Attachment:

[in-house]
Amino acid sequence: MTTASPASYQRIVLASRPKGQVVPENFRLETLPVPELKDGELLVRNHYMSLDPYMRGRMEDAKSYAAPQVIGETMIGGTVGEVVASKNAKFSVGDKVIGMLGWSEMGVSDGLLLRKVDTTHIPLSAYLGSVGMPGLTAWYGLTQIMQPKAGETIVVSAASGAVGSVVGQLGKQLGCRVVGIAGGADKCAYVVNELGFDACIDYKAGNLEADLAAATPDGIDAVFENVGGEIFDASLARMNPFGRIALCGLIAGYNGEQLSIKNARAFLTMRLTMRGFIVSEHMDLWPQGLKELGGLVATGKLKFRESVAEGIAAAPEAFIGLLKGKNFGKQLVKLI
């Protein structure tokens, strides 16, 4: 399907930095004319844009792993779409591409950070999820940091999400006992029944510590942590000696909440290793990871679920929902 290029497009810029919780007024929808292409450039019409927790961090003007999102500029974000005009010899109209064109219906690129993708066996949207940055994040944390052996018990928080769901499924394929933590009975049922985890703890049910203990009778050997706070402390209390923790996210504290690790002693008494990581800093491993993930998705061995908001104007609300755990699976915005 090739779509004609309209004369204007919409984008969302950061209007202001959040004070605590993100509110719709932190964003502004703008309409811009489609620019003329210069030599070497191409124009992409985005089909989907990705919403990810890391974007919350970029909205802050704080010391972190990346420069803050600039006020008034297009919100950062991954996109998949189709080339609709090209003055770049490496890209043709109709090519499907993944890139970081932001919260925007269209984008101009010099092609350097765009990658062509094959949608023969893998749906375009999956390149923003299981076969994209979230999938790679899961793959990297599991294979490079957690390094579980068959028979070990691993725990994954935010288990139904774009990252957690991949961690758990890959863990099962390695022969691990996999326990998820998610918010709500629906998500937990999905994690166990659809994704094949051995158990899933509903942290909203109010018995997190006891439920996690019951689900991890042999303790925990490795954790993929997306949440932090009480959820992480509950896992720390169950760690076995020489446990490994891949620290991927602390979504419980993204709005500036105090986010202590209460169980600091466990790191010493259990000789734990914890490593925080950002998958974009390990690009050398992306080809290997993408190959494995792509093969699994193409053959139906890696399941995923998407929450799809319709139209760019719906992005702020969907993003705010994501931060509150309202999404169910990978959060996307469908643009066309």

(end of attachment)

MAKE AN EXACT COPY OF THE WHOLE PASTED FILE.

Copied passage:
[in-house]
Amino acid sequence: MTTASPASYQRIVLASRPKGQVVPENFRLETLPVPELKDGELLVRNHYMSLDPYMRGRMEDAKSYAAPQVIGETMIGGTVGEVVASKNAKFSVGDKVIGMLGWSEMGVSDGLLLRKVDTTHIPLSAYLGSVGMPGLTAWYGLTQIMQPKAGETIVVSAASGAVGSVVGQLGKQLGCRVVGIAGGADKCAYVVNELGFDACIDYKAGNLEADLAAATPDGIDAVFENVGGEIFDASLARMNPFGRIALCGLIAGYNGEQLSIKNARAFLTMRLTMRGFIVSEHMDLWPQGLKELGGLVATGKLKFRESVAEGIAAAPEAFIGLLKGKNFGKQLVKLI
């Protein structure tokens, strides 16, 4: 399907930095004319844009792993779409591409950070999820940091999400006992029944510590942590000696909440290793990871679920929902 290029497009810029919780007024929808292409450039019409927790961090003007999102500029974000005009010899109209064109219906690129993708066996949207940055994040944390052996018990928080769901499924394929933590009975049922985890703890049910203990009778050997706070402390209390923790996210504290690790002693008494990581800093491993993930998705061995908001104007609300755990699976915005 090739779509004609309209004369204007919409984008969302950061209007202001959040004070605590993100509110719709932190964003502004703008309409811009489609620019003329210069030599070497191409124009992409985005089909989907990705919403990810890391974007919350970029909205802050704080010391972190990346420069803050600039006020008034297009919100950062991954996109998949189709080339609709090209003055770049490496890209043709109709090519499907993944890139970081932001919260925007269209984008101009010099092609350097765009990658062509094959949608023969893998749906375009999956390149923003299981076969994209979230999938790679899961793959990297599991294979490079957690390094579980068959028979070990691993725990994954935010288990139904774009990252957690991949961690758990890959863990099962390695022969691990996999326990998820998610918010709500629906998500937990999905994690166990659809994704094949051995158990899933509903942290909203109010018995997190006891439920996690019951689900991890042999303790925990490795954790993929997306949440932090009480959820992480509950896992720390169950760690076995020489446990490994891949620290991927602390979504419980993204709005500036105090986010202590209460169980600091466990790191010493259990000789734990914890490593925080950002998958974009390990690009050398992306080809290997993408190959494995792509093969699994193409053959139906890696399941995923998407929450799809319709139209760019719906992005702020969907993003705010994501931060509150309202999404169910990978959060996307469908643009066309």